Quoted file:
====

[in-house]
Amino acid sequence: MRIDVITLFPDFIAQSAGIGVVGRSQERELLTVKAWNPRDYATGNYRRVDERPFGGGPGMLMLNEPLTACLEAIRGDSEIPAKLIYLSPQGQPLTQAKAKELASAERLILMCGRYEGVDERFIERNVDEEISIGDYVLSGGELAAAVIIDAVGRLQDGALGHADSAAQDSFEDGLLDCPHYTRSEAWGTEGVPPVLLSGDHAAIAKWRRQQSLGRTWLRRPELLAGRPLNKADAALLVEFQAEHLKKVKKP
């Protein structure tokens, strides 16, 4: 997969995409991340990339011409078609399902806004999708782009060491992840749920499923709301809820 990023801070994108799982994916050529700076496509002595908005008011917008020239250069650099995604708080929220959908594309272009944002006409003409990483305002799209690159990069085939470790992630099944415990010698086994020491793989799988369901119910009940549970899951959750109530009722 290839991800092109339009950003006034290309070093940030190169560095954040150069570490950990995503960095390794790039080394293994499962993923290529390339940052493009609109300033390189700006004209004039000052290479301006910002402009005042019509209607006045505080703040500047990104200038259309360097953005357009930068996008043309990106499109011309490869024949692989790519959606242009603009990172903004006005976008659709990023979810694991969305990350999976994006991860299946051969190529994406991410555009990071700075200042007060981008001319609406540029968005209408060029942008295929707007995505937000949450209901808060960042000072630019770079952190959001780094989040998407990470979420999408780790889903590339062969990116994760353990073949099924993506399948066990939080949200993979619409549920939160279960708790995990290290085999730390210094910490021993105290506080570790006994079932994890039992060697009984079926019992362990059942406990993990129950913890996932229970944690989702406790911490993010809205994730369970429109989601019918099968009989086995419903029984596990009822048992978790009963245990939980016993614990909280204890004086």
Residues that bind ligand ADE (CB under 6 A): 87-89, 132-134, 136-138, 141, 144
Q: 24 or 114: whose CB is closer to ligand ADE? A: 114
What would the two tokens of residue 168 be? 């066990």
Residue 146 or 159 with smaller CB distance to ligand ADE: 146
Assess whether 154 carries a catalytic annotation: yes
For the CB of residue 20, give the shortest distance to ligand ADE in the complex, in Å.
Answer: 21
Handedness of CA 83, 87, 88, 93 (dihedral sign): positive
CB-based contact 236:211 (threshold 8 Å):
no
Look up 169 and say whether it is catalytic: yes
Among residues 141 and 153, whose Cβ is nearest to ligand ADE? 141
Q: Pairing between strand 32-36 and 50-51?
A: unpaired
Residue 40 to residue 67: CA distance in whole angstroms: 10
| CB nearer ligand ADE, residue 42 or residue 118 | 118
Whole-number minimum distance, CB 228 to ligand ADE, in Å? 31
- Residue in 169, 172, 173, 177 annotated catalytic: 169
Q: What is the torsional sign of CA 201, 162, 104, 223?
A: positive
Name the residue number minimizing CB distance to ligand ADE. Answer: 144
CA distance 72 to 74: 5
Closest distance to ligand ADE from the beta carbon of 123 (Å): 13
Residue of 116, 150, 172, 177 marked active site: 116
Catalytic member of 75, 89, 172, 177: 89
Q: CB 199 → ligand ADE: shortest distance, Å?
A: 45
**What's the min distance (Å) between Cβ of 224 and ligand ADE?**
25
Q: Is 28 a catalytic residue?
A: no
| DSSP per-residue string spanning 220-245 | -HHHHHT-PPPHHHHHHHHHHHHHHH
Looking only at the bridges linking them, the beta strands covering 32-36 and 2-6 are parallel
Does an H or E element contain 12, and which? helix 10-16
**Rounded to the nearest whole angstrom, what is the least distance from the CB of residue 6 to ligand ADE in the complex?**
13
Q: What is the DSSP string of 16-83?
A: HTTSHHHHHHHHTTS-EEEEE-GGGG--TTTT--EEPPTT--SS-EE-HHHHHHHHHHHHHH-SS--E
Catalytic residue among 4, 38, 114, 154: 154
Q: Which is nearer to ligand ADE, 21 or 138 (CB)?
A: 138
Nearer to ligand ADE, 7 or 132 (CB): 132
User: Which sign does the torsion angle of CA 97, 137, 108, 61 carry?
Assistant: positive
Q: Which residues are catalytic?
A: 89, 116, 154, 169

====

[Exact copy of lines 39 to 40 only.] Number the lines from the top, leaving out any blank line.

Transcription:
13
Q: What is the DSSP string of 16-83?